“It takes courage to be yourself when everyone expects you to be someone else.”
I’m Fine and Neither Are You takes on some heavy topics including substance abuse, loss, family dynamics, infidelity, the struggles of long term relationships and finding your voice, all while being a completely engaging read. It was messy and real and this was the perfect book for me this week.
You can read my full review of I’m Fine and Neither Are You HERE.
I hope you enjoyed reading about some of my very favorite books from 2019. I would love to know what books have made YOUR list. <3
Last week Kristy and I taught our first round of Your Life, Your Memories, a new workshop in our photography series. The goal of our new class is to teach our students a system that enables you to continually sort, save and print your photos. The digital age has many benefits, but it also means that a lot of us have an overwhelming amount of digital photos and memories that we aren’t sure what to do with.
During our class, I talked about my favorite place to print photo books and square prints that are affordable and easy to display…Chatbooks! I first learned about Chatbooks a few years ago and I have been printing with them ever since. I am a little behind on printing my monthly books and teaching our class was a great reminder of what a simple process it can be as long as you keep it a habit.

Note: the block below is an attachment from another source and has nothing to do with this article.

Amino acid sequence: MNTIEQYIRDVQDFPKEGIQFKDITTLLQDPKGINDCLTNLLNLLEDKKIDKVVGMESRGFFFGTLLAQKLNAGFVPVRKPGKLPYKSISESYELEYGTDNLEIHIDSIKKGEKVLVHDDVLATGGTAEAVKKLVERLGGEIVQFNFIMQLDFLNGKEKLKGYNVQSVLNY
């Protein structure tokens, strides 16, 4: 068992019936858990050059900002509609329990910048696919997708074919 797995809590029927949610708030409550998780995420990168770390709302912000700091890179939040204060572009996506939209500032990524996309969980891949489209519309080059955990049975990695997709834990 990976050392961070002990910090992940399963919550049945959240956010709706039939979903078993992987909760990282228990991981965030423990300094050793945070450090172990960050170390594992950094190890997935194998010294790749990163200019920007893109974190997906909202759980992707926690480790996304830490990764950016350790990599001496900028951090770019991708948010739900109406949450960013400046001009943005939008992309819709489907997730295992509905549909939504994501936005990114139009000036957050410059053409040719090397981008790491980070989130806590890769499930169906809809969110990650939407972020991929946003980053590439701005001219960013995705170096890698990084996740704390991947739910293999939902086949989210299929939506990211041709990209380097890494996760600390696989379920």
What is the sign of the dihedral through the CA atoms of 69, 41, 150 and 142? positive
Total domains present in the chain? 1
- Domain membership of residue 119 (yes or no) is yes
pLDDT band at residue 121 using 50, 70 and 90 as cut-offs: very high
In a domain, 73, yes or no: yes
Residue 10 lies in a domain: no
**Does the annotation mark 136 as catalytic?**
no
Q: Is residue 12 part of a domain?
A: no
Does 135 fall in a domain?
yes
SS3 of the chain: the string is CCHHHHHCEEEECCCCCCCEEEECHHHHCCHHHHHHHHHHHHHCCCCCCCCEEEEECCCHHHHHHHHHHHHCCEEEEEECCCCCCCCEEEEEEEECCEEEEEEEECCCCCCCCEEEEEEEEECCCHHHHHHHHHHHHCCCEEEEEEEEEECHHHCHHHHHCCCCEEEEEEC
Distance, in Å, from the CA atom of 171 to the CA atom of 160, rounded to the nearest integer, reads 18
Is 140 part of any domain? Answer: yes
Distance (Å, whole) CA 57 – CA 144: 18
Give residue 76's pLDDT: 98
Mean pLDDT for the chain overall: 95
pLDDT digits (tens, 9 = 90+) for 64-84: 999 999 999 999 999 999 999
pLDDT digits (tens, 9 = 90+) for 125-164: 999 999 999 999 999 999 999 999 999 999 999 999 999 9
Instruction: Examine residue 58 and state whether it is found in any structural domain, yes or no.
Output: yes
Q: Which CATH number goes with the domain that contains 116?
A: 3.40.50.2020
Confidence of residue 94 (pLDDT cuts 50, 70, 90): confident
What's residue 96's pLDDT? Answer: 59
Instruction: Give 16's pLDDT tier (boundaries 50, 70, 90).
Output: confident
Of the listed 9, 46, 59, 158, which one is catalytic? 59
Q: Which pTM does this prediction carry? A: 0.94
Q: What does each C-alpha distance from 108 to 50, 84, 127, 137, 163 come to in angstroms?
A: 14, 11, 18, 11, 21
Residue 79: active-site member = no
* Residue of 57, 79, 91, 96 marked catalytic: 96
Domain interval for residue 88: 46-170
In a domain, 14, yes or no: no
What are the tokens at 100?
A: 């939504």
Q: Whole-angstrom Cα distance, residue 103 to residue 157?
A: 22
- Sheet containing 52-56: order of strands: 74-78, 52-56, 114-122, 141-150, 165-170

I shared on Instagram that I was going to catch up on my books during our “staycation” and Chatbooks was kind enough to offer a discount code that I could share with my fellow photographers, friends, and blog readers. It $10 off your first Chatbooks order with the code: BOOKWORM that you can enter at checkout. My friend just ordered a set of 24 cardstock prints and they were around $9 with shipping after this discount!
I have been working away on sorting my images and I am excited to soon have some more Chatbooks prints and photo books on the way.
I order each photo book individually because I like to make them each month but there are also ongoing book series that you can set up that makes it automatic either from your social media accounts or from your favorite photos on your phone. How cool is that?!
The 5″x5″ prints are printed on cardstock and are the perfect matte finish. I love displaying them around our house and on my desk at work.
It is always so exciting to find that little turquoise envelope in my mailbox and it is so fun to actually have updated photos in our house to share and display. Our kids always enjoy looking through the books and we keep them right on a shelf in our kitchen so they are easy to access.
If you haven’t ordered from Chatbooks before, I highly recommend it! And I would love to hear what you get if you do! <3